There were four contracts that posed unique technological challenges for our client. One of them concerned a contract where our client was tasked with preventing water ingress and damp to a restaurant that occupied the basement of a city centre building.
The established solution to this situation would be the installation of a wet tanking system to waterproof the basement however in this case was not possible on account of the restaurant (part of a chain) having a number of fixings on the walls which served as a core part of their brand identity and needed to remain. Established tanking methods would not allow for this, as the tanking membrane would need to be punctured to allow the fixings to be secured to the wall, which would compromise the waterproof seal and render the system redundant.
Our client needed to devise an alternative solution but faced considerable technological uncertainty in devising a solution that would adequately address a number of failures in the building’s design. Levels of hydrostatic pressure surrounding the foundations of the building needed to be accounted for and in addition, asbestos was discovered in the walls. Our client was compelled to carry out research and development activity to develop a new tanking solution that would meet the client’s requirements of allowing existing fixings to remain in situ whilst delivering a successful waterproofing solution for the basement.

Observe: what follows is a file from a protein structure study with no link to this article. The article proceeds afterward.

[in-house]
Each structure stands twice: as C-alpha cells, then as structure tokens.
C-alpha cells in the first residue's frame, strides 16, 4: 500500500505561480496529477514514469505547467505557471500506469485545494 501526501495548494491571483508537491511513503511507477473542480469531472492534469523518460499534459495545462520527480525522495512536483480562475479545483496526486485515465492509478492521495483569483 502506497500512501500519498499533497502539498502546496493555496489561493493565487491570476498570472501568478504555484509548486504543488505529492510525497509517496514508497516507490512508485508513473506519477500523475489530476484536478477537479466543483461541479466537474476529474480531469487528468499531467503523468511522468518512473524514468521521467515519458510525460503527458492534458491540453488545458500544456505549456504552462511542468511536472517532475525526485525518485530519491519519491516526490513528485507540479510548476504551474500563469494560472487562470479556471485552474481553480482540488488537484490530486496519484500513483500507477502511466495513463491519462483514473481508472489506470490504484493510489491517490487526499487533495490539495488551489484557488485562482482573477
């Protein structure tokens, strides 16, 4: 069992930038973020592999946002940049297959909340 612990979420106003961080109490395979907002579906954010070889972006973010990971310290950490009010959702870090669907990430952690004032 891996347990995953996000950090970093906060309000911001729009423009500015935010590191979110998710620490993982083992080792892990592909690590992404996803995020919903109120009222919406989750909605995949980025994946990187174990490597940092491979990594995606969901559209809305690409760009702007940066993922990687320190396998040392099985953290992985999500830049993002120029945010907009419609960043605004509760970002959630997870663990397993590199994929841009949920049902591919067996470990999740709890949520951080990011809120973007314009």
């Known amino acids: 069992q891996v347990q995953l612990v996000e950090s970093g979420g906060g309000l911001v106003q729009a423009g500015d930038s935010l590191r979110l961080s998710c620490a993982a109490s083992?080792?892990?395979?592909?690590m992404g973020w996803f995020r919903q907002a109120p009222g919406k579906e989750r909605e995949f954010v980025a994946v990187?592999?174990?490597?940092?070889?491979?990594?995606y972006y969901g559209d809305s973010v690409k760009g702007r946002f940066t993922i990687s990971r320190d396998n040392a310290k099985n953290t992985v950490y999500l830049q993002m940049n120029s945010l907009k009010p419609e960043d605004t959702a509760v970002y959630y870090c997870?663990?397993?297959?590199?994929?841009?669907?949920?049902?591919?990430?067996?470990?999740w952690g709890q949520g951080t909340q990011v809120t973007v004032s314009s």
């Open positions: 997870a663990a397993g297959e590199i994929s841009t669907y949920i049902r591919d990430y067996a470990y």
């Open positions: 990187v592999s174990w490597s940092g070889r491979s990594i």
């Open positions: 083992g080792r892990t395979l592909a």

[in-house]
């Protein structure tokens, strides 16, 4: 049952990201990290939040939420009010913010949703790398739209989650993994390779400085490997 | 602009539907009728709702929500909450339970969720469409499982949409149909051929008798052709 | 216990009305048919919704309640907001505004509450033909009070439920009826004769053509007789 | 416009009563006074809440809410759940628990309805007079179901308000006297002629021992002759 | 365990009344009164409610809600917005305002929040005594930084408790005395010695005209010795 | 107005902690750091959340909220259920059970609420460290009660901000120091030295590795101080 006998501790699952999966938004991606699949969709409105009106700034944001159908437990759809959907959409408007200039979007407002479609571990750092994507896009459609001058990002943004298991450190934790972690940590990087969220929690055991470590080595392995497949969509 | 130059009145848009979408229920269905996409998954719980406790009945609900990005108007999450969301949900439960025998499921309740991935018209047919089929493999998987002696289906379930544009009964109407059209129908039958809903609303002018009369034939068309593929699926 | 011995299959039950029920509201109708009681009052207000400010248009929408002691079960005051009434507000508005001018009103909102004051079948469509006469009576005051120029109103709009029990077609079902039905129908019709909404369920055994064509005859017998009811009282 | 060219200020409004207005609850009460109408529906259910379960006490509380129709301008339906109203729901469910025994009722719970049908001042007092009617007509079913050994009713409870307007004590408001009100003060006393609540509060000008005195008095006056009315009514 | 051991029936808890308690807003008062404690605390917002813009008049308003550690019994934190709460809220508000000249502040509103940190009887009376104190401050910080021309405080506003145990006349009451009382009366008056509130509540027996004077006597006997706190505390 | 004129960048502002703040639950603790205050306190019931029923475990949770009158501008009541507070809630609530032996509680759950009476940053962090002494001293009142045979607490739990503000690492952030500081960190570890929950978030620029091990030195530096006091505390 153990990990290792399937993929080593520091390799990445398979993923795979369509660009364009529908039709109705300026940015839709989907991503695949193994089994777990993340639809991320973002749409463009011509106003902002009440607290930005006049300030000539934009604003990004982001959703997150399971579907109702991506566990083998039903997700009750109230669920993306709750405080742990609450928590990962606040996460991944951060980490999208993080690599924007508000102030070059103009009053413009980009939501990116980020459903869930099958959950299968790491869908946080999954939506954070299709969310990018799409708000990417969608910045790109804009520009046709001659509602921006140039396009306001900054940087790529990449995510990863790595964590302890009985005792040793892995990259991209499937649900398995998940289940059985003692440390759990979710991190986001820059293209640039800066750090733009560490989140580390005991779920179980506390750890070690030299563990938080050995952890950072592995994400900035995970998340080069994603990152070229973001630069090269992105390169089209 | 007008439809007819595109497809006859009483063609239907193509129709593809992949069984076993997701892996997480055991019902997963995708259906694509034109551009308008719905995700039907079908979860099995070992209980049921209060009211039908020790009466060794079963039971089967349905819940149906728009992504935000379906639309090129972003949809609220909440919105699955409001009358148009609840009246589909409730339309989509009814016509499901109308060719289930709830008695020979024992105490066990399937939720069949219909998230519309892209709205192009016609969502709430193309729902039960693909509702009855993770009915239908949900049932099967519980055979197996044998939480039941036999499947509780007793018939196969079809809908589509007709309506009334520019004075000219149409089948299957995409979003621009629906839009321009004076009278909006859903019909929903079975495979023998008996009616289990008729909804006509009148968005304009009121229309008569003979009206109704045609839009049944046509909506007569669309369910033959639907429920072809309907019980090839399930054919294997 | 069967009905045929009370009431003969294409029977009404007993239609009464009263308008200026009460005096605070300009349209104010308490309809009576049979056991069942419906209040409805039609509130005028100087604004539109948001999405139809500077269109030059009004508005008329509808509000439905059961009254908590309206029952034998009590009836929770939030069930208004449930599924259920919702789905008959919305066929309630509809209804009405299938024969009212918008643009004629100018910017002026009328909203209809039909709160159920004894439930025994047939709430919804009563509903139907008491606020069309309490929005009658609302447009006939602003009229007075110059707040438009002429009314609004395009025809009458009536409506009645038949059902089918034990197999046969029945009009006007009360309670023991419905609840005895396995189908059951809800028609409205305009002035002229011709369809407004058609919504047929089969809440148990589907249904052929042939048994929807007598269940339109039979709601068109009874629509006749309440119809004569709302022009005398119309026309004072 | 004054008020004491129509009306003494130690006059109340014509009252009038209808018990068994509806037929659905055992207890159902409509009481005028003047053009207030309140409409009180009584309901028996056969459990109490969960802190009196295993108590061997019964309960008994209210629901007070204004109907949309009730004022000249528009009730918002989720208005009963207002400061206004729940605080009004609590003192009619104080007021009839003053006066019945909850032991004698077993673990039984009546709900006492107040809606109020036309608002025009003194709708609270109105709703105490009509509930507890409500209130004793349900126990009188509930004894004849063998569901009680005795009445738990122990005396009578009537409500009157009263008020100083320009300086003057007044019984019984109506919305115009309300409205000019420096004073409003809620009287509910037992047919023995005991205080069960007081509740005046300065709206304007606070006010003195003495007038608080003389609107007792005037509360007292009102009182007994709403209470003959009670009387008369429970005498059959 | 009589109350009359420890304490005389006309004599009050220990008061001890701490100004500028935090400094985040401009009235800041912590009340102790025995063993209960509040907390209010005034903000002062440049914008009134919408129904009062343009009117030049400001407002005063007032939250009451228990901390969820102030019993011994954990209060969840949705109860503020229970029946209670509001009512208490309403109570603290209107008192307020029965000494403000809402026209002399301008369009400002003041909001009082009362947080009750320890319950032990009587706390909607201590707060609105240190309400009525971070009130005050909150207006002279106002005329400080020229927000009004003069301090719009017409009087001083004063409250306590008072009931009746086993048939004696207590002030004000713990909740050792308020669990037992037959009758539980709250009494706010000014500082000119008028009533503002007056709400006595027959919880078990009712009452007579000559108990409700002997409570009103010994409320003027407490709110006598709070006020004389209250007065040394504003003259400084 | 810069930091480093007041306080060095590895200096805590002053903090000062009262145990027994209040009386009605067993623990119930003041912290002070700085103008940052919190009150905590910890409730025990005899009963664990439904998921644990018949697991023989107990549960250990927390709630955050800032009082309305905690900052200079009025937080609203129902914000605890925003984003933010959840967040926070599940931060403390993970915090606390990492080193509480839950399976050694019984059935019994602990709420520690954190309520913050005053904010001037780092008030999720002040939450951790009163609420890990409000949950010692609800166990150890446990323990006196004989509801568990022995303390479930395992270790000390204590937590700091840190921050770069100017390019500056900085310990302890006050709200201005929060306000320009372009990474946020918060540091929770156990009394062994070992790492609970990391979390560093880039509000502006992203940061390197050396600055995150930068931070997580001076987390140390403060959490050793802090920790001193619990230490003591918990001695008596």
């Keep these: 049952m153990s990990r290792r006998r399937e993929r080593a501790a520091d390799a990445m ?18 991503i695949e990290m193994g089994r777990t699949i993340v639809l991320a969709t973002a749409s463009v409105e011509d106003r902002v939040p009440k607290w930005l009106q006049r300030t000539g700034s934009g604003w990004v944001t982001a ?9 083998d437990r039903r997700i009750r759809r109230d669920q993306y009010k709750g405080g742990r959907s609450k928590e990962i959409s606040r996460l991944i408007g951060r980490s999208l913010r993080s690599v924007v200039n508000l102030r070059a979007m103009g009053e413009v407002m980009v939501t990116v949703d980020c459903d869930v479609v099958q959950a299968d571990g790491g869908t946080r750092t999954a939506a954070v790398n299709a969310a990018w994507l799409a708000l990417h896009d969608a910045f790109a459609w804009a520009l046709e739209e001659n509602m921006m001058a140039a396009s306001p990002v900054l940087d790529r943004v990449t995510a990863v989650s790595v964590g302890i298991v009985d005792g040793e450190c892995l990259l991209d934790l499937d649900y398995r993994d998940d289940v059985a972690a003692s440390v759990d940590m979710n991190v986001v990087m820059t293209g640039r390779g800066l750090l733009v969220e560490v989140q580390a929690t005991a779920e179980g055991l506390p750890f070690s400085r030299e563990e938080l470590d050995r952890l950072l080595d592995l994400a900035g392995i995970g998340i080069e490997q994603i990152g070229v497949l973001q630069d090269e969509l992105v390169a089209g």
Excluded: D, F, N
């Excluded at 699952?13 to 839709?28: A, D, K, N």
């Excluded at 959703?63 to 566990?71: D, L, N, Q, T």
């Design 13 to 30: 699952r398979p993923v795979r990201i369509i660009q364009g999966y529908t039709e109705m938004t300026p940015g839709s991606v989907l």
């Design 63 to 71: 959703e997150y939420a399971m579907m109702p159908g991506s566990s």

Work was undertaken to develop a bespoke tanking technique that involved the fitting of brackets simultaneous to the installation of tanking and the use of a cementitious plastic and specialised putty. The research and development activity was successful and the restaurant was able to retain its fixings. Additional research and development activity was necessary on a project where our client was contracted to renovate the first floor of a listed building whose external wall had been removed due to the failure of brickwork at ground floor level.
The building needed to be supported and secured prior to the renovation work being carried out. The established method of doing this would be to excavate and build up a full foundation to enable the laying of blockwork which would be attached (tied) to an existing cast iron beam that supported the first floor however, the building’s listed status prohibited these techniques. It was not possible to dig foundations nor drill into or in any way alter the cast iron beam.
Research and development activity had to be undertaken to determine a new method of building and integrating a wall that would be structurally secure given the restrictions on creating foundations or modifying the cast iron beam framework. It was critical that the wall be able to cope with significant wind loading due to the building’s corner location, with the wind loading creating both a pushing and pulling effect. Work was undertaken to design a heavy-gauge steel frame system that was specific to the conditions and layout of the building. Research and development activity was undertaken to determine how to secure this frame to the cast iron beam without breaking listed building regulations and a bespoke bracket was designed.
The research and development activity was successful and the building was adequately supported to enable the renovations to take place.
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